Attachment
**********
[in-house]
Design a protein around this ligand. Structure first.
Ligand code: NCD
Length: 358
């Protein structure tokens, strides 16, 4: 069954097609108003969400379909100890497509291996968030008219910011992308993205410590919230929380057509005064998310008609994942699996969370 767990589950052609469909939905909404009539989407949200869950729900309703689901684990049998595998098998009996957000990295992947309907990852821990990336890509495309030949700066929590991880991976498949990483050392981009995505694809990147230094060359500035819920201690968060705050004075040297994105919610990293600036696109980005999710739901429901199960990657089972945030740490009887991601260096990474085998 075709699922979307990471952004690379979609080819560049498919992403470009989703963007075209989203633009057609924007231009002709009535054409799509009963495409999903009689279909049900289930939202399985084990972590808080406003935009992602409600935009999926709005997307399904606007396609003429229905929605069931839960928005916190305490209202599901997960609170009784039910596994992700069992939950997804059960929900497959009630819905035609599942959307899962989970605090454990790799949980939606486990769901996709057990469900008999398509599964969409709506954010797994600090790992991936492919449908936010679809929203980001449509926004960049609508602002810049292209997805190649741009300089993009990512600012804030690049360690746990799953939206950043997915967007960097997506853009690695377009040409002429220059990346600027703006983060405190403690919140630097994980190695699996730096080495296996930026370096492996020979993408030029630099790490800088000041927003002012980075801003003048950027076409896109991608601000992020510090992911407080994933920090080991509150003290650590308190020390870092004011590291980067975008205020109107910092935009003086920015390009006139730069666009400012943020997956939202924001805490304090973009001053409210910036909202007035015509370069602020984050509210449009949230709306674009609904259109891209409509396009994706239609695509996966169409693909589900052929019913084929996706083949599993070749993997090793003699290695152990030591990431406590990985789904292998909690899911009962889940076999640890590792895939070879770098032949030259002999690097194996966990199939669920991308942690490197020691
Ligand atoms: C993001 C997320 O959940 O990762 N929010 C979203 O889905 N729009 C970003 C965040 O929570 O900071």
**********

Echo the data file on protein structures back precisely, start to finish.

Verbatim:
[in-house]
Design a protein around this ligand. Structure first.
Ligand code: NCD
Length: 358
């Protein structure tokens, strides 16, 4: 069954097609108003969400379909100890497509291996968030008219910011992308993205410590919230929380057509005064998310008609994942699996969370 767990589950052609469909939905909404009539989407949200869950729900309703689901684990049998595998098998009996957000990295992947309907990852821990990336890509495309030949700066929590991880991976498949990483050392981009995505694809990147230094060359500035819920201690968060705050004075040297994105919610990293600036696109980005999710739901429901199960990657089972945030740490009887991601260096990474085998 075709699922979307990471952004690379979609080819560049498919992403470009989703963007075209989203633009057609924007231009002709009535054409799509009963495409999903009689279909049900289930939202399985084990972590808080406003935009992602409600935009999926709005997307399904606007396609003429229905929605069931839960928005916190305490209202599901997960609170009784039910596994992700069992939950997804059960929900497959009630819905035609599942959307899962989970605090454990790799949980939606486990769901996709057990469900008999398509599964969409709506954010797994600090790992991936492919449908936010679809929203980001449509926004960049609508602002810049292209997805190649741009300089993009990512600012804030690049360690746990799953939206950043997915967007960097997506853009690695377009040409002429220059990346600027703006983060405190403690919140630097994980190695699996730096080495296996930026370096492996020979993408030029630099790490800088000041927003002012980075801003003048950027076409896109991608601000992020510090992911407080994933920090080991509150003290650590308190020390870092004011590291980067975008205020109107910092935009003086920015390009006139730069666009400012943020997956939202924001805490304090973009001053409210910036909202007035015509370069602020984050509210449009949230709306674009609904259109891209409509396009994706239609695509996966169409693909589900052929019913084929996706083949599993070749993997090793003699290695152990030591990431406590990985789904292998909690899911009962889940076999640890590792895939070879770098032949030259002999690097194996966990199939669920991308942690490197020691
Ligand atoms: C993001 C997320 O959940 O990762 N929010 C979203 O889905 N729009 C970003 C965040 O929570 O900071």